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Understanding Social Trajectories: Structure and Actor in the Democratization Debate

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This article offers a structuralist approach to understanding social trajectories following the demise of authoritarian regimes. It does so by analyzing the case of Indonesia in the context of debates about democratization more broadly, whether in Southeast Asia or elsewhere. The paper presents the argument that although Indonesia today is clearly a democracy, it is important to comprehend the kind of democracy that has been entrenched, and why this has been possible. Prevalent actor-based approaches, such as that found within “transitology,” as well as “good-governance” perspectives, tend to emphasize institutional change based on either elite pacts or technocratic crafting. More important, however, is to understand the power relations that underlie institutions and thereby determine the way they actually operate—often in ways that are different from design or intention. This requires analyses of the nature of specific constellations of social power and interest, and the sorts of coalitions that actually preside over institutions of governance—a hallmark of structuralist approaches.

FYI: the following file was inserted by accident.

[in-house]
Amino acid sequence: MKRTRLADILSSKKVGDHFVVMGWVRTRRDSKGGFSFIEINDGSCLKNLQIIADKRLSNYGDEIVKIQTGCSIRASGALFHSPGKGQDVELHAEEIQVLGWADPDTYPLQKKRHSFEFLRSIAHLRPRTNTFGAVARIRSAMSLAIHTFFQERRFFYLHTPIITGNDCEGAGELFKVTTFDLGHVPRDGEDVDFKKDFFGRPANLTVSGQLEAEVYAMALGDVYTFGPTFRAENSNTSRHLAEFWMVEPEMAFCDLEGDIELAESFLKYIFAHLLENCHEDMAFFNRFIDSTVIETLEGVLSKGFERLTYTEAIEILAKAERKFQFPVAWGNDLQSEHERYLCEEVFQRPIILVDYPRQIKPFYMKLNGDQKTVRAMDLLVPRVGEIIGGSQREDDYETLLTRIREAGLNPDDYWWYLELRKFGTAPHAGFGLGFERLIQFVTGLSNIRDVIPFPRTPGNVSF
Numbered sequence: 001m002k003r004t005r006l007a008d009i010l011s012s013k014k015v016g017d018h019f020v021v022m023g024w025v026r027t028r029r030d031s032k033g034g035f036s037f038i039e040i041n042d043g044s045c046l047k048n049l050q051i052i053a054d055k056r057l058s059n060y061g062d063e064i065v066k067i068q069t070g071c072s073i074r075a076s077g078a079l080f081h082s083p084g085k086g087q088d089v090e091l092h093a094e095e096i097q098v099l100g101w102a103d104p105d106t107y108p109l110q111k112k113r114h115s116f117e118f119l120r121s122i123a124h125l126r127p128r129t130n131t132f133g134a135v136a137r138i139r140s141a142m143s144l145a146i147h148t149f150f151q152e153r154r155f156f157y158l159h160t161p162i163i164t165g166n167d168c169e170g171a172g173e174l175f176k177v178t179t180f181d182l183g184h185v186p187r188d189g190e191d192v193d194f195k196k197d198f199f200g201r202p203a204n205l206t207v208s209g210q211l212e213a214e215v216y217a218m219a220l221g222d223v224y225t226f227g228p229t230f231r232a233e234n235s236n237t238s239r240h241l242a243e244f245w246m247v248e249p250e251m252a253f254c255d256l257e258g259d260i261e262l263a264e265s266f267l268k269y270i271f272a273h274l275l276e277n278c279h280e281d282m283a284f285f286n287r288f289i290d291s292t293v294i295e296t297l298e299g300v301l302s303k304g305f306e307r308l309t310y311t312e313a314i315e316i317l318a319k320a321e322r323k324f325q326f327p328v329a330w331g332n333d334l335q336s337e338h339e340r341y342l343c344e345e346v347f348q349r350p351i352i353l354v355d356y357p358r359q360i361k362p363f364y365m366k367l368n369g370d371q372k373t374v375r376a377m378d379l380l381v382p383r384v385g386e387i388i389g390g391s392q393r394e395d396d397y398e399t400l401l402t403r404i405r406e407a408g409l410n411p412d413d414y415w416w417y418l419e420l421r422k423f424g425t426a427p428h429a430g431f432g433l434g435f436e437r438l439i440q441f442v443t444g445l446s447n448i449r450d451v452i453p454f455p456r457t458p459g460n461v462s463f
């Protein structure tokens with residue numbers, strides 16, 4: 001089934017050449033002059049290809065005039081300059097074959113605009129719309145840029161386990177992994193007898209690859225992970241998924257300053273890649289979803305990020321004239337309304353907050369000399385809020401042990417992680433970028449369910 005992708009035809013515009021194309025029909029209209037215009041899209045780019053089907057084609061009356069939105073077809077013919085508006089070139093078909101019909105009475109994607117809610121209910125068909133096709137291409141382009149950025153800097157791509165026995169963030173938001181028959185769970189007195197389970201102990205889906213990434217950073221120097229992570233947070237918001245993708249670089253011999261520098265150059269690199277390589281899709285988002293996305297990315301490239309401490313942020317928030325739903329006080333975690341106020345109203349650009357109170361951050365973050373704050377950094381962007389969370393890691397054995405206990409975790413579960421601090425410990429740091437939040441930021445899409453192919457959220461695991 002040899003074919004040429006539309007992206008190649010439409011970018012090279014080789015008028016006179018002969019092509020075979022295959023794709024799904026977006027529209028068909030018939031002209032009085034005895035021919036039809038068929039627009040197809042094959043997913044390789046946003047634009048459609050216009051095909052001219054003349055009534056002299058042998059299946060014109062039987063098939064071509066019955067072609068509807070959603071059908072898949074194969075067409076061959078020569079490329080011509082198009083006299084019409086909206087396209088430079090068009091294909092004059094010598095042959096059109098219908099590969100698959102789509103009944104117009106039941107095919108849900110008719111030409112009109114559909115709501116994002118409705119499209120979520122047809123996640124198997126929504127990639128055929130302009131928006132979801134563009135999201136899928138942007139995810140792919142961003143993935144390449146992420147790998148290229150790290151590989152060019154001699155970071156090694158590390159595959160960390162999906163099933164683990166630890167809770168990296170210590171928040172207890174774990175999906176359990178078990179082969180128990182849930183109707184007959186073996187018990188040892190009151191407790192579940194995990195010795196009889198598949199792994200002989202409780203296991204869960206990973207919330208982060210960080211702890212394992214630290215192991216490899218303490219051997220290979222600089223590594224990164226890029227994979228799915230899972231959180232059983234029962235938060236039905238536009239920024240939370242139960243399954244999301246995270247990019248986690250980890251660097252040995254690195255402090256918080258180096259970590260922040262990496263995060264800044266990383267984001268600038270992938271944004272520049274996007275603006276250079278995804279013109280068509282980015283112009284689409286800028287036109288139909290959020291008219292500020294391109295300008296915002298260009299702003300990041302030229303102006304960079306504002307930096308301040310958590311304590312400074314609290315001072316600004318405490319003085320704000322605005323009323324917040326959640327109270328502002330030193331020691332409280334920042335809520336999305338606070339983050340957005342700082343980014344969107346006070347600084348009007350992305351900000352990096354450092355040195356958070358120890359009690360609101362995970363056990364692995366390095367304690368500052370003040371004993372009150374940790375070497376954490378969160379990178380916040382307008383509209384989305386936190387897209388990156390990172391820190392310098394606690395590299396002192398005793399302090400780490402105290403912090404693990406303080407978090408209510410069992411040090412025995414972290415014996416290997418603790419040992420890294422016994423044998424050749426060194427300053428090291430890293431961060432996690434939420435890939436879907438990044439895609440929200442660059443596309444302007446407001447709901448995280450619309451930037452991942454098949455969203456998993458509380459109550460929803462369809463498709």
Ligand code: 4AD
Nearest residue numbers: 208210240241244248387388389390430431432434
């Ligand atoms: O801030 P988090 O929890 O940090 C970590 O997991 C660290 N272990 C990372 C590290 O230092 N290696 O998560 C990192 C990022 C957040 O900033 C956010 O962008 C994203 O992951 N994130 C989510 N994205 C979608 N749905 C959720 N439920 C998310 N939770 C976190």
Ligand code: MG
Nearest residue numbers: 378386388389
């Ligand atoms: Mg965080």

Document Type: Research Article

Publication date: December 1, 2008

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